Plenty of tutorials exist online for using various programs; what I will say is, you should find one that works well for you, without putting up too many walls. The point is to be able to build a trailer without taking you away from working on your game.
We can’t talk about making a trailer without having a game to make a trailer about! So here, take a gander at the amazing new game: Flying Sky Ace, exclusive to this tutorial:
This is the sample video file that we will be using over the course of this discussion to create our trailer from. I use a product called Reflector (which has a free version) to capture screenshots and video live from my devices to make trailers and sneak peeks from. If you’re on Windows, you could use FRAPS instead.
This is very important to note: I never use emulators when taking video that I intend to use for production or marketing purposes. The simple reason for this is that I always want my trailers and promotional material to be reflective of the actual experience. Emulators can be buggy and jarring, and you want the best possible version of your project showing through these videos.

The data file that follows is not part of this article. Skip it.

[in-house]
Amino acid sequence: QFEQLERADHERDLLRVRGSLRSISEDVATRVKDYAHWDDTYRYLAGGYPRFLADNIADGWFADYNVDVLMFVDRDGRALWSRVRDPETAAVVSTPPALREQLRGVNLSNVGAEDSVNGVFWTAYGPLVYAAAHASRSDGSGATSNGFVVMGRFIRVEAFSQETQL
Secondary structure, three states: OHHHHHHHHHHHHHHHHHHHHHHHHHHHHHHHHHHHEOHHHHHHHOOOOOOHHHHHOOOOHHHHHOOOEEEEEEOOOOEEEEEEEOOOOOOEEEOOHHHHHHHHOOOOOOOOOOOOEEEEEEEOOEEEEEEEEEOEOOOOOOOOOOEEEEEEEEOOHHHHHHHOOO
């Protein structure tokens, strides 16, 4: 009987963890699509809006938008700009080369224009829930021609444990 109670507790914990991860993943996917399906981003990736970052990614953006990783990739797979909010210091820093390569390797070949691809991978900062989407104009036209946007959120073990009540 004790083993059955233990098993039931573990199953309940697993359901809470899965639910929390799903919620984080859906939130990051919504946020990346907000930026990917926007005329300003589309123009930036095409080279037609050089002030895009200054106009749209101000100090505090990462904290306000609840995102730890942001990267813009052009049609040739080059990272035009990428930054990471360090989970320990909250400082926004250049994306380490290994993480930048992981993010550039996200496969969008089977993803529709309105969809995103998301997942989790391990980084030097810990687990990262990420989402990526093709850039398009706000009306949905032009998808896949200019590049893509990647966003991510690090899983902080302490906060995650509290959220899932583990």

To make your video editing as simple as possible, remove all background music from the game before taking the video capture. Leave the sound effects, though!
Later we will add a background music track to the entire video, and by removing the music from the gameplay video capture, our process just got a ton easier. Leaving in the sound effects will help to grab the audiences attention during the trailer, and help to keep the action during the video grounded.
Aside from the gameplay video, you will need to choose the background music for your trailer. Fortunately, you likely already have a pool of audio resources to choose from from your game. To make things simple, choose a single background music loop that is at least as long as your trailer will be.